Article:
An article from David Leigh about the wonders of the winter calçotadas in Valls.
If you stop for a moment and think about food and Spain I bet you get no further than paella and tapas. However, while both of these can be good the quality, particularly of paella, can be quite variable as many of those served in fixed menu restaurants at lunchtime are pre-made.
And Spanish cooking doesn’t start and end with just those. In Barcelona these days you can find cuisine from all over the world. However, if you’re just visiting for a weekend or a few days then why eat what you can get at home when you can try something new.
One of my favourite times of the year in Catalonia, at least as far as food goes, is winter. While temperatures can really plunge, which takes many visitors by surprise, the food can make up for it. Boiled chicken with vegetables and chickpeas might not sound particularly interesting but it certainly warms you up in winter and makes a great tasting soup base when there is snow on the ground. Good as it is, its something you’ll find in the Catalan home rather than in a restaurant and so unlikely to be on the menu anyway.
No, what I’m really thinking of is the “calçotada”, a speciality of Valls that has found popularity throughout Catalonia and particularly celebrated during the last weekend of January.
The calçotada is a feast which has as its starter specially grown spring onions – calçots – which are chargrilled and served in one of the curved earthenware roof tiles that are so common is Catalonia. They are eaten by stripping off the outer skin and dipping them in a special sauce. Pa amb tomàquet, which is toast smeared with overripe tomato, salt and olive oil, is served to accompany the calçots and mop up any left over sauce.
After the calçots comes a selection of grilled meats, which vary. Most commonly you’ll find lamb and botifara, a type of spiced pork sausage found all over Catalonia, but chicken, beef and rabbit are also common.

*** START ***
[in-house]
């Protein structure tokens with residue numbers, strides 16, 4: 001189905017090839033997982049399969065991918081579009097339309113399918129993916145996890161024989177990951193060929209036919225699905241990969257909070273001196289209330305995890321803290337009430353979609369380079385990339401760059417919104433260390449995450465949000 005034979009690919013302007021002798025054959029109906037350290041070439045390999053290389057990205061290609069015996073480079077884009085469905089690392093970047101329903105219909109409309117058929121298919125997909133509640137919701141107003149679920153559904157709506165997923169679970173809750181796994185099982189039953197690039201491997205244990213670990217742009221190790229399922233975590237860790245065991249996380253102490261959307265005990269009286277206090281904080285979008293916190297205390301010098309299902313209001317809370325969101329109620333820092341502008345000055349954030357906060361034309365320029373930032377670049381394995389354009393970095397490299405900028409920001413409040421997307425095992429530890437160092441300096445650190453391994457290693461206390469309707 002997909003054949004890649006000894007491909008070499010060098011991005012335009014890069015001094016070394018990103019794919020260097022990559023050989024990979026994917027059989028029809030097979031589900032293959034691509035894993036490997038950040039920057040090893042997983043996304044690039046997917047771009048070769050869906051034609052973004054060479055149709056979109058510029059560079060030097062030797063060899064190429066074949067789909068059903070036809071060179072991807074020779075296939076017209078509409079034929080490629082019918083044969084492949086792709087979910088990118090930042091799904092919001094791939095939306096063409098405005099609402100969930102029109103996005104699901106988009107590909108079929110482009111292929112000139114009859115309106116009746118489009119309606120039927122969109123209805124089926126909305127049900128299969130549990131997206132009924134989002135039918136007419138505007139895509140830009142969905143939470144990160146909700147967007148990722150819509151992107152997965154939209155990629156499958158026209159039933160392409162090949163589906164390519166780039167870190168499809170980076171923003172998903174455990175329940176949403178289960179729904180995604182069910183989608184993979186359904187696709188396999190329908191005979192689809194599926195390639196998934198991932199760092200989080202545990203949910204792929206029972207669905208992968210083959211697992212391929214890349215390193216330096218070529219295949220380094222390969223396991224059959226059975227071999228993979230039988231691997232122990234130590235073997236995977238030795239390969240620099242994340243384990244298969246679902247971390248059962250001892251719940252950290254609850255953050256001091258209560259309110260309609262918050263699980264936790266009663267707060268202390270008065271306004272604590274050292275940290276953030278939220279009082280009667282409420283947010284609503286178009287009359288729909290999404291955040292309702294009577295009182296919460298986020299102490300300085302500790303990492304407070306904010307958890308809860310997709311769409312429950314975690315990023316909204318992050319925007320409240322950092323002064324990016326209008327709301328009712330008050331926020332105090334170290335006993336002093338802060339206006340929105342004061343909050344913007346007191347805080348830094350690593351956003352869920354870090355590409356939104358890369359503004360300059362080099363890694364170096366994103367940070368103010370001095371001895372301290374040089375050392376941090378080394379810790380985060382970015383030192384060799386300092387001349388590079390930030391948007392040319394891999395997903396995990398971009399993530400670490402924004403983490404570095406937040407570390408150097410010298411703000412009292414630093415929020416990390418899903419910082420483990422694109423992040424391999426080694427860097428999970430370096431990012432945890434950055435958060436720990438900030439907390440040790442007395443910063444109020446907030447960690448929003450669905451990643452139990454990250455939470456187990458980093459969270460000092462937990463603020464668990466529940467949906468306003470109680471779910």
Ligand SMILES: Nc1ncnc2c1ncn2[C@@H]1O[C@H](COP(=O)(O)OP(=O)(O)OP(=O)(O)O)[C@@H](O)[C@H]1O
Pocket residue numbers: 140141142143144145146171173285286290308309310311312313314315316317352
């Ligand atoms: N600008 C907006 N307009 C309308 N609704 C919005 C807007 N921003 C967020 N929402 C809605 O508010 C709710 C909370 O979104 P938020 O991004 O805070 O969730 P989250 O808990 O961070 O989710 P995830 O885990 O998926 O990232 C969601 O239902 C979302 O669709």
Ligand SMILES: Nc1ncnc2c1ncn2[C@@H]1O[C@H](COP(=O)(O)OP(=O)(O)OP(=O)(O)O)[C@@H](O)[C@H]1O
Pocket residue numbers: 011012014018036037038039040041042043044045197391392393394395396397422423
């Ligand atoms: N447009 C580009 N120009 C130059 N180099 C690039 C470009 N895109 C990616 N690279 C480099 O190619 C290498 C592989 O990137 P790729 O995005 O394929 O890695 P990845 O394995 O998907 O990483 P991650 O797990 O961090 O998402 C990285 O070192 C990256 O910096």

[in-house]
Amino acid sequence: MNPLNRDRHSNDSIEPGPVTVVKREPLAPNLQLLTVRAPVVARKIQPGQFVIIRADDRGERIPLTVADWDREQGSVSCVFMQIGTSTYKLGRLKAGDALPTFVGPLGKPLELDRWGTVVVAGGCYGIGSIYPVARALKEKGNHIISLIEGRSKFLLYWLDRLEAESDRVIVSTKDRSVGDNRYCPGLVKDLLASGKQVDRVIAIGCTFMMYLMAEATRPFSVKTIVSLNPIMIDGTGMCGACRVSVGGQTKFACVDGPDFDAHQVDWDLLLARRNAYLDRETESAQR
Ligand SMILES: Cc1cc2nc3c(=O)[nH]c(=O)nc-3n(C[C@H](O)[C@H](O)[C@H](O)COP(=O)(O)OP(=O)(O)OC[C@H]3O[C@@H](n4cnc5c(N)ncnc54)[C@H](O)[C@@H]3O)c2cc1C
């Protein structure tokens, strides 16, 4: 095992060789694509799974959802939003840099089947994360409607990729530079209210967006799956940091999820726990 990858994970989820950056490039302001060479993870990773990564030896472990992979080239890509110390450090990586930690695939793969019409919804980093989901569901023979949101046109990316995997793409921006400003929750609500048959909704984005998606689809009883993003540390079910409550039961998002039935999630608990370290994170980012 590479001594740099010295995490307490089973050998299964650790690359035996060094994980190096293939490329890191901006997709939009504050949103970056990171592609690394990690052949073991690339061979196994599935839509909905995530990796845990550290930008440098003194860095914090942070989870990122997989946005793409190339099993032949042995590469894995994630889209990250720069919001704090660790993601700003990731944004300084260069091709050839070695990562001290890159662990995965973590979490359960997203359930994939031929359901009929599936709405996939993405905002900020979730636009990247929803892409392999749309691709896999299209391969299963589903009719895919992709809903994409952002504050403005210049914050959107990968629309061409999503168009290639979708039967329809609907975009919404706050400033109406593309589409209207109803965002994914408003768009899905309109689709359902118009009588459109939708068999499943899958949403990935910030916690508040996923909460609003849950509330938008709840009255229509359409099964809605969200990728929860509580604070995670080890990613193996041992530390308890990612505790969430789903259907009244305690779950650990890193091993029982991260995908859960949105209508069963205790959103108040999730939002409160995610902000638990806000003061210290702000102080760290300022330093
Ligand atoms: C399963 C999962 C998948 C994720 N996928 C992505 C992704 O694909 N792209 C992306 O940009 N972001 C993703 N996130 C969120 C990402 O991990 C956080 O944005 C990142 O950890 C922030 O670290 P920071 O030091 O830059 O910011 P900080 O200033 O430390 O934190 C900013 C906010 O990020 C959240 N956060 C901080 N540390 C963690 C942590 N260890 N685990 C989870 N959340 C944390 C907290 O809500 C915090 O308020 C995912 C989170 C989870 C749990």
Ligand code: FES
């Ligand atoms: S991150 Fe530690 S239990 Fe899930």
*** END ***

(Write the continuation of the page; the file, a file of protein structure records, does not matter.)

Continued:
While calçots are eaten all over Catalonia and in Barcelona (I recommend Restaurant Carmen, c/ Valladolid, 44, near Sants mainline railway station, which I’ve been going to for some 12 or 13 years), visiting Valls during the annual calçotada is a must do for anyone interested in food. During the weekend the whole town is given over to calçots and you can smell them being cooked from several kilometres.
In the town itself you’ll find demonstrations of how to make the sauce, an explanation of how they are grown (planted, uprooted, stored over winter in the dark, replanted and covered with a “boot” of soil so they don’t get too much sunlight) and vendors selling calçot related products such as a liqueur made from the onions. In the squares they have fires going with great piles of calçots and for a few euros you can buy 12 calçots with pa amb tomàquet and wine.
But one of the highlights is the calçot eating competition. Numerous men (and I’ve never seen a female participant) are given piles of the onions and whoever eats the most in an hour wins. I know someone personally who took part and managed 100 calçots, but the real champions can eat many more!
While such a festival may seem strange seen through British or American eyes, it makes a great day out and the calçots are delicious and warming. And if you’re in Barcelona for a day or so during the season I definitely recommend you find a restaurant that advertises “calçots” or “calçotada” and give them a try for yourself.
David Leigh has lived in Catalonia for more than a decade, first in Barcelona and now in the forests of la Selva. When not enjoying the food he runs a website specialising in providing FC Barcelona tickets to visitors to Barcelona.
I missed the calçotda this year, but I’m looking forward to it next year. Calçots are such a delicious food. I can’t imagine eating 100 though!
Hi David. I’ve just come across your post about the ‘calçotada’ and I think it’s brilliant. I am actually from Valls, and last year, together with two mates, we started a project about everything related to ‘calçots’, although specifically focused at first on those restaurants working on it. This year, our project has gone one step forward, we have actually translate it from Catalan into Spanish and English, and since we’re seeking the web for more info to help us spread this extraordinary piece of culture and cusine, we’d like to quote you as well as publishing your post on our Facebook page. Is that ok with you?
We’d also like to quote you on Twitter, and for that we’d need your Twitter nick name (@), given the fact your name is a very common one…
If you want to check out our website, here it is (we hope you like it!).
Hi Artur, thanks for your comment. David wrote this post for me.
You’re welcome to publish this on your Facebook page as long as you link back to this page.
If you’d like to contact David you can via his website listed in the bio at the bottom of the post.
Check out Rob (H2BCN)’s recent post, Barcelona in the 60’s
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